The proliferation of the printed word made the collecting and saving of "everything" beyond the power of even the greatest purse and purpose. And as the technology of printing touched ever wider societal circles inevitably materials were produced which lacked the blessing of whatever cultural elite prevailed at that time and place. Traditionally, libraries have hewed quite closely to the lines of taste of the elites of their time. Yet others have not, and the purpose of the academic research library as we know it goes quite beyond the limitations of taste and tradition in seeking to record in its holdings not just what some future reader should have, but what that reader might want to have: one problem the computer does nothing to resolve.
Beyond doubt the most memorable early images of the new print technology are found in the colophons which Josse Bade put on his title pages, ensuring the purchaser that he now had in hand a product of Gutenberg's wonderful invention.
One of the earliest printed scientific works, remarkable for its time in its use of marginal diagrams to assist in the explanation of Euclid's propositions. The "high-speed" print technology did much to enable scientific communication and thus facilitated the centuries of discovery of Copernicus, Galileo, and Newton.
The printing press made the Reformation possible. This edition of Luther's works recapitulates the numerous pamphlets he published after 1517, the ephemeral means by which he made known to an eager public the revolutionizing doctrine of salvation by grace through faith alone. Georgetown acquired this set of Luther's works before 1836, as it did also the great 1559 edition of Calvin's Institutes (on display on the third floor).
An early example of the periodical press, which over time would come to dominate the print industry and lead printers and publishers alike to search for ever faster, ever more powerful presses: the first rotary press began to print newspapers only a little over a century after The British Apollo .
The publishing of works "in parts" brought the works of Dickens and others to a far larger buying public than would otherwise have been the case, the time-payment plan effectively outdistancing the comparatively very high cost of a novel published in three volumes, as most of the time in England were. The practice is mirrored in our own time by numerous " series" of relatively slender volumes on one or another subject, such as the famed Time-Life cookbook series.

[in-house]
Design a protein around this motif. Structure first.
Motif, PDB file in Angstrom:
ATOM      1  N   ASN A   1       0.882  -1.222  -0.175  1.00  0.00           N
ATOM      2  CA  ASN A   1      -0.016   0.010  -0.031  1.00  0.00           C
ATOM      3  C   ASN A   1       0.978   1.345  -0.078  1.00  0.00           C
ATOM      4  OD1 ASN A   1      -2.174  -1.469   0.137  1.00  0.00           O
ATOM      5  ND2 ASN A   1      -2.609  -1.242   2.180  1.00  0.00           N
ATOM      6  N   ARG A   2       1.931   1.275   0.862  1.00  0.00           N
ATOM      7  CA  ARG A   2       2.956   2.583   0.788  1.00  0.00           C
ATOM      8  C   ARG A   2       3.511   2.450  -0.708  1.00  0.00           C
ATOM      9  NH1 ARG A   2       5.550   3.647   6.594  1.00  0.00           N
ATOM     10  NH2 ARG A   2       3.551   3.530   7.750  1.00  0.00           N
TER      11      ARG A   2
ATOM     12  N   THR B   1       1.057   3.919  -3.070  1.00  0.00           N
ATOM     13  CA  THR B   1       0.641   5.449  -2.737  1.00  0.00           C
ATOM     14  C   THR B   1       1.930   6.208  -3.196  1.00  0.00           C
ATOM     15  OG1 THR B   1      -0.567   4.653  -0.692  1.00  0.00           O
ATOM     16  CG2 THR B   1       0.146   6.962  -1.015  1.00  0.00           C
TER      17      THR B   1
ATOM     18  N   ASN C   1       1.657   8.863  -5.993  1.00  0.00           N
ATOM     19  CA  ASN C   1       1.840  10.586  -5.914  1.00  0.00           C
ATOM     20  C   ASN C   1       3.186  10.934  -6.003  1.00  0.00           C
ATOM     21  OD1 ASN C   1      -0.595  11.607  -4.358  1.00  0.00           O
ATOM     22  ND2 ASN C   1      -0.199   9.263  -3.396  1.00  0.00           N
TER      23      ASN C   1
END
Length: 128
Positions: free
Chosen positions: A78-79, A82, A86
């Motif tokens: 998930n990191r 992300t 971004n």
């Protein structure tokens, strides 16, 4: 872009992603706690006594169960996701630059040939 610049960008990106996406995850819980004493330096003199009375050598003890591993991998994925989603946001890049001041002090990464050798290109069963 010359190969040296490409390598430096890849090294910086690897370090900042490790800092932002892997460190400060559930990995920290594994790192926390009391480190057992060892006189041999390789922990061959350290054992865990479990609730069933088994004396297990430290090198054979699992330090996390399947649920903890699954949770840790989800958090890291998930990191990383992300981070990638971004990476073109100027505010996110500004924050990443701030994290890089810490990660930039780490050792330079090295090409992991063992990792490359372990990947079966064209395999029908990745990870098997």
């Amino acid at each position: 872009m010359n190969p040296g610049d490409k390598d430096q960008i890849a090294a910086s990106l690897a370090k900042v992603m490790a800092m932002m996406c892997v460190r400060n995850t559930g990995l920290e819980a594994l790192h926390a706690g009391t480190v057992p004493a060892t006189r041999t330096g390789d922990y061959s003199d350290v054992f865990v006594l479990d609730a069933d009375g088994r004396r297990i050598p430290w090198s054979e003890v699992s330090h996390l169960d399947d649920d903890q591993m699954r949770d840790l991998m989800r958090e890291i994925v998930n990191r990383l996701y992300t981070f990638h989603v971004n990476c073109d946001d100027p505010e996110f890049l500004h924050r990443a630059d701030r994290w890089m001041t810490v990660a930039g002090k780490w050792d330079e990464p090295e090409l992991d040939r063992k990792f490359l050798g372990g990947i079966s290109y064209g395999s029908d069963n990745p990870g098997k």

The cult of the limited edition began in earnest in the 1880s, with classic texts reprinted in sumptuous editions in fancy binding, in relatively small numbers. Trade publishers were quick to pick up the gimmick, however, and pursued it even to the absurd length shown here. And if the 1,000,000 copies of this edition were indeed printed, they have become scarce: this is the only copy the cataloger has seen in thirty years.
Ephemeral publications like this tourist guide (distributed free each week in every hotel room in New York in those hotels belonging to the New York Hotel Association) provided work for artists and writers unable to crack the "glossies."
Although various publishers had attempted for almost a hundred years to start lines of paperback reprints, Pocket Books was the first to put all the requisite pieces together: low production costs, attractive cover art ( always unique to each title), an effective distribution system, and low price to the consumer.
Piggy-backing on the success of Hugh Hefner's Playboy, Bob Guccione tried out his Penthouse in England for over a year before testing the American waters, and ever since both magazines (now, by the way, also available on the World Wide Web) have enjoyed commercial success and posed problems for schools, libraries, and those citizens who feel an irresistable urge to act as guardians of public morality.
The earliest printing was done from matrices which gave the information on an entire page, the same as is still employed in picture printing. Movable type introduced a new era, but new processes such as lithography and new techniques such as stereotype and linotype found their places in satisfying on the one hand quite restricted and on the other quite large perceived markets. In this century we've seen the introduction of a variety of " near-print" processes employed for short-run jobs, and in the last thirty years the introduction of automated techniques for replacing the traditional pairing of type and paper.
Almost 700 years before Gutenberg, this prayer scroll and three others like it were produced in Japan at the command of the Empress Shotoku in editions of two hundred fifty thousand each, the entire project known as the Hyakumanto darani ("Darani in a Million Pagodas"). The process by which they were printed is still subject to scholarly debate, but after printing the scrolls were rolled and each was inserted into its own painted white pagoda, then deposited in temples in various parts of Japan.